Running the RuneLite Client

This section discusses a selection of different methods to run the RuneLite client including calling Java to execute the .jar file directly, setting a command line alias, and creating an application launcher with a sleek RuneLite icon.

Running the RuneLite Jar File

No matter where you download and save the RuneLite.jar file, it can be run with the following command.

java -jar /path/to/RuneLite.jar

Note, you must change the /path/to value with the actual file system path. So, if you have followed this tutorial, the following command will execute the RuneLite.jar file and load up the RuneLite client:

java -jar /usr/local/bin/RuneLite.jar

When you run the command, you will see some output including verification of a collection of .jar files that the client uses. Every time you want to run RuneLite you will have to execute the command specified above, which is not exactly convenient!

Creating a Command Alias

As just discussed, the command to run the RuneLite launcher is not exactly elegant! I find it a pain to type the long command every time I want to play OSRS. The solution, use a command line alias!

If you have never used aliases, don’t worry, they are quite simple. Basically, you can specify a new keyword that will create a command that will actually run another command. For example, instead of typing java -jar RuneLite.jar, you could create an alias named runelite which runs the full command. Simply put, when you type in runelite on the terminal, it actually runs java -jar RuneLite.jar command behind the scenes. If you want to know more about command line aliases in Linux, Computer Hope has an excellent article called How to use aliases in Linux shell commands.

The specific alias we want to use is:

alias runelite="java -jar /usr/local/bin/RuneLite.jar"

By looking at the above alias, you can see how the process works. However, we cannot simply run this command - as it will only persist during one session. If we exit bash (the terminal), our alias will be lost too! So we need to put it into a specific file so that it is loaded every time we start the bash shell. There are various files to put aliases in, but we want ours in a system-wide file so that any user can run RuneLite. The following command will append the alias command to the /etc/bash.bashrc file. This file is run every time any user starts a bash terminal session.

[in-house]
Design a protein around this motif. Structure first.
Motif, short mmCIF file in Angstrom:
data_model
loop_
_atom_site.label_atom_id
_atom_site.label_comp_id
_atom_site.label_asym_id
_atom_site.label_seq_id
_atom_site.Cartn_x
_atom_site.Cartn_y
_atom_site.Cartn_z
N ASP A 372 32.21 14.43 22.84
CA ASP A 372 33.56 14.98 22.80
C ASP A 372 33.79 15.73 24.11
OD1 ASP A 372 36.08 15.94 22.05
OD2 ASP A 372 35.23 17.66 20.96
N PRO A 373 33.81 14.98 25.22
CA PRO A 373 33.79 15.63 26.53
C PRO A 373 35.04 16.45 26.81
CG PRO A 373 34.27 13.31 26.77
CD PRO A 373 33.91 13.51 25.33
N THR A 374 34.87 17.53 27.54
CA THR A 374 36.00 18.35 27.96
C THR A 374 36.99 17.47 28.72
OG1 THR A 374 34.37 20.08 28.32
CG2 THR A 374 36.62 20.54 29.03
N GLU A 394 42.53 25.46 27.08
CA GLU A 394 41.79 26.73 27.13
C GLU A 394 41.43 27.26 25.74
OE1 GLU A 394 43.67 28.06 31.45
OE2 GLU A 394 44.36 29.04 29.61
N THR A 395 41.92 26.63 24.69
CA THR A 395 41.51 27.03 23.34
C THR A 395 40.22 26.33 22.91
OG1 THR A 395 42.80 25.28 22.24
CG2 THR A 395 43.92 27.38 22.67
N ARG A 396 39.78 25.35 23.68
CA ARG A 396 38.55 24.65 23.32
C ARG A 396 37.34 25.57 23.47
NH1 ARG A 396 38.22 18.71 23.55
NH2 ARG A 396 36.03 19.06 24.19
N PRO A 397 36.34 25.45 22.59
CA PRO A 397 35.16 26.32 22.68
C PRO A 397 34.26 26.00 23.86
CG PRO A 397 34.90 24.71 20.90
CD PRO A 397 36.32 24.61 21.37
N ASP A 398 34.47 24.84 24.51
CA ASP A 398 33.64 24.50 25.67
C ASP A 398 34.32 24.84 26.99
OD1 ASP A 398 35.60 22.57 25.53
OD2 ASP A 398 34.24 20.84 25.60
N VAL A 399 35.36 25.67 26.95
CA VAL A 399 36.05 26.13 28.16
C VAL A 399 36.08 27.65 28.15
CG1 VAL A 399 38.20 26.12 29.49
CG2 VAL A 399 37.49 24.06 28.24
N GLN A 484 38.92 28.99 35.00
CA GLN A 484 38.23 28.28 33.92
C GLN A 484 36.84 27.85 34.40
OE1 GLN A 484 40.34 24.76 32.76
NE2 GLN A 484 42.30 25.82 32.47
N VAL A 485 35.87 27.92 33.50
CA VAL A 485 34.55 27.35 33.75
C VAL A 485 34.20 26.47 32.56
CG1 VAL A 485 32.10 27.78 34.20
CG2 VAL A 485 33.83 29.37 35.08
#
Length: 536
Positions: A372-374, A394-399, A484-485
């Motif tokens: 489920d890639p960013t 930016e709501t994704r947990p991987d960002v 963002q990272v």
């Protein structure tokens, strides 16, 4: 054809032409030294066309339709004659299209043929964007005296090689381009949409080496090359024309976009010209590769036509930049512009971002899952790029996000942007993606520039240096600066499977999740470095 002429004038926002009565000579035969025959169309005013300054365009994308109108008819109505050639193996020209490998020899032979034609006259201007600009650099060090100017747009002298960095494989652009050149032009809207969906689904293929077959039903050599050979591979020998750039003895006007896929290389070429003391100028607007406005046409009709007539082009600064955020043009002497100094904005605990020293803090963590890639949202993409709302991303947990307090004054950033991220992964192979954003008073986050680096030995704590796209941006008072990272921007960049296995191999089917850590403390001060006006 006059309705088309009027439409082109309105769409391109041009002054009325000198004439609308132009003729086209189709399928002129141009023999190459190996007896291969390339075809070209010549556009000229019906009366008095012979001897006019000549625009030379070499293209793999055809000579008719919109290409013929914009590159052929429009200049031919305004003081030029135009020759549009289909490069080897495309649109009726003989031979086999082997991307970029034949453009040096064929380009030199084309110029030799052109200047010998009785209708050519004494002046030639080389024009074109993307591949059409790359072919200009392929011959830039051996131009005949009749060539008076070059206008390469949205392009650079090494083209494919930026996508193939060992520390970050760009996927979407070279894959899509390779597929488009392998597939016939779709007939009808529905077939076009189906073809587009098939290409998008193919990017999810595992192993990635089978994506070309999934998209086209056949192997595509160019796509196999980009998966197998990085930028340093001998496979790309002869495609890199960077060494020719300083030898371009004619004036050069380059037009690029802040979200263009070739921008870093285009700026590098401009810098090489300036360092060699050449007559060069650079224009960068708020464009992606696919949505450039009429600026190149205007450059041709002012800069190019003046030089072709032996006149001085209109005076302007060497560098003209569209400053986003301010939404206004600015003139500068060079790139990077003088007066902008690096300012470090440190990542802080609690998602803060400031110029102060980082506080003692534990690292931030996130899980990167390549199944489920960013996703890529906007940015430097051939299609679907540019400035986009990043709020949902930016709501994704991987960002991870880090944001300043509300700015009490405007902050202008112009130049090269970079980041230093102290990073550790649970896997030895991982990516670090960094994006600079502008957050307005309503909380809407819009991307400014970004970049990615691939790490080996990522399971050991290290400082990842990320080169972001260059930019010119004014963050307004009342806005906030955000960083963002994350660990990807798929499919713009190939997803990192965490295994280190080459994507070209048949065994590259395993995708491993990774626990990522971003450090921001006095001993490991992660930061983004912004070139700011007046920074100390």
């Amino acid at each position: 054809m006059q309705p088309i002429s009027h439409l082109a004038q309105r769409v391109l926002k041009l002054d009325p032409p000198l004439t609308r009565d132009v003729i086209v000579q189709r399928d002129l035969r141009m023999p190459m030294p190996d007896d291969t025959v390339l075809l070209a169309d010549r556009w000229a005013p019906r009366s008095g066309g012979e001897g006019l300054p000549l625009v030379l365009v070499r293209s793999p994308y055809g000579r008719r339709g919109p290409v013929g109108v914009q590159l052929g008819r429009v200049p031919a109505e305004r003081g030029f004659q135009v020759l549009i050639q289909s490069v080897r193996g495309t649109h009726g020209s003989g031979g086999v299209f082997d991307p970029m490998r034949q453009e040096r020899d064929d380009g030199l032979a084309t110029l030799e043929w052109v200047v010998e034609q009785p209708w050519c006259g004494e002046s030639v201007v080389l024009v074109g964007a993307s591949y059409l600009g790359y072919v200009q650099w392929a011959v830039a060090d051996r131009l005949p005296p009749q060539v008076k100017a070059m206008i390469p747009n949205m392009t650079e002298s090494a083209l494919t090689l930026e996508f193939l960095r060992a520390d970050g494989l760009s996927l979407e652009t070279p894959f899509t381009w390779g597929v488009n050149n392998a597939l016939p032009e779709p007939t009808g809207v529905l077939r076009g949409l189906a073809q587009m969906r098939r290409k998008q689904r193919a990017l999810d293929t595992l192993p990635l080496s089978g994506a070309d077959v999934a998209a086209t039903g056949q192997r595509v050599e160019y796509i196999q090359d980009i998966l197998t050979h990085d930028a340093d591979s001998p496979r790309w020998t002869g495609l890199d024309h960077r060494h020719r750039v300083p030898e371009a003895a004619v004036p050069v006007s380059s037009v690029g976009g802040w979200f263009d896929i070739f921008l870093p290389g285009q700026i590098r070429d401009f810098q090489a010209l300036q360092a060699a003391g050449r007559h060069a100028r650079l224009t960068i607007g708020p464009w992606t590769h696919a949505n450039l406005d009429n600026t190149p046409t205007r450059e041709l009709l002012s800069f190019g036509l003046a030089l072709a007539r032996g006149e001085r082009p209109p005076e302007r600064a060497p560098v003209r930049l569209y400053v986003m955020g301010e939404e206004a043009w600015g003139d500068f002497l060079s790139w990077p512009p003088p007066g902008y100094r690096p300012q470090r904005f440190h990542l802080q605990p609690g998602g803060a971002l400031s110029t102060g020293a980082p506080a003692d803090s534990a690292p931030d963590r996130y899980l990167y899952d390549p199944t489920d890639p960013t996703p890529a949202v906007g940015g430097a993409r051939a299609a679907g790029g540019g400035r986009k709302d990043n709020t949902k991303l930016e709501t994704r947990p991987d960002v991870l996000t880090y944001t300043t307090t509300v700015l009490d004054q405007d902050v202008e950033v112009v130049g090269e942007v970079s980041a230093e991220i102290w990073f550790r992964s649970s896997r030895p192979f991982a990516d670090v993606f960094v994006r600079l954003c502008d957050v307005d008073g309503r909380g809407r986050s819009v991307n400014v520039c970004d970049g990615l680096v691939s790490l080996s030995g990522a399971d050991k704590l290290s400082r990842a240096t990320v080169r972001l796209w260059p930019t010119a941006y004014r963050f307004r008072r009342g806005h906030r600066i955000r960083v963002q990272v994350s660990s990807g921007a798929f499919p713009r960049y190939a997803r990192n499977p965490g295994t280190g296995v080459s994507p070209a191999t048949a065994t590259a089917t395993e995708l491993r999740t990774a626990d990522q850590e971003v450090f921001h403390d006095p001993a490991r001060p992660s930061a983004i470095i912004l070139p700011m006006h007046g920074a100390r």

echo 'alias runelite="java -jar /usr/local/bin/RuneLite.jar"' | sudo tee --append /etc/bash.bashrc

Make sure to restart your bash terminal session so that the alias can load - this is only needed to be done once! You can exit the bash terminal, or simply close and reopen the bash terminal for the alias to load. You can now run the runelite command at the terminal to start the RuneLite client.

Creating an Application Launcher

The final method to run the RuneLite launcher is probably the most desirable by most (but I prefer the command line alias!). We will now create a launcher for RuneLite that creates an entry in the Applications menu - this is pretty much the Linux equivalent of the Windows Start Menu.

Start by downloading the RuneLite icon from the Runelite GitHub repository. We are doing this so we have a sleek icon for the application launcher. Similar to the method we used to download the RuneLite launcher, we will use wget to download the image file. Execute the command specified below: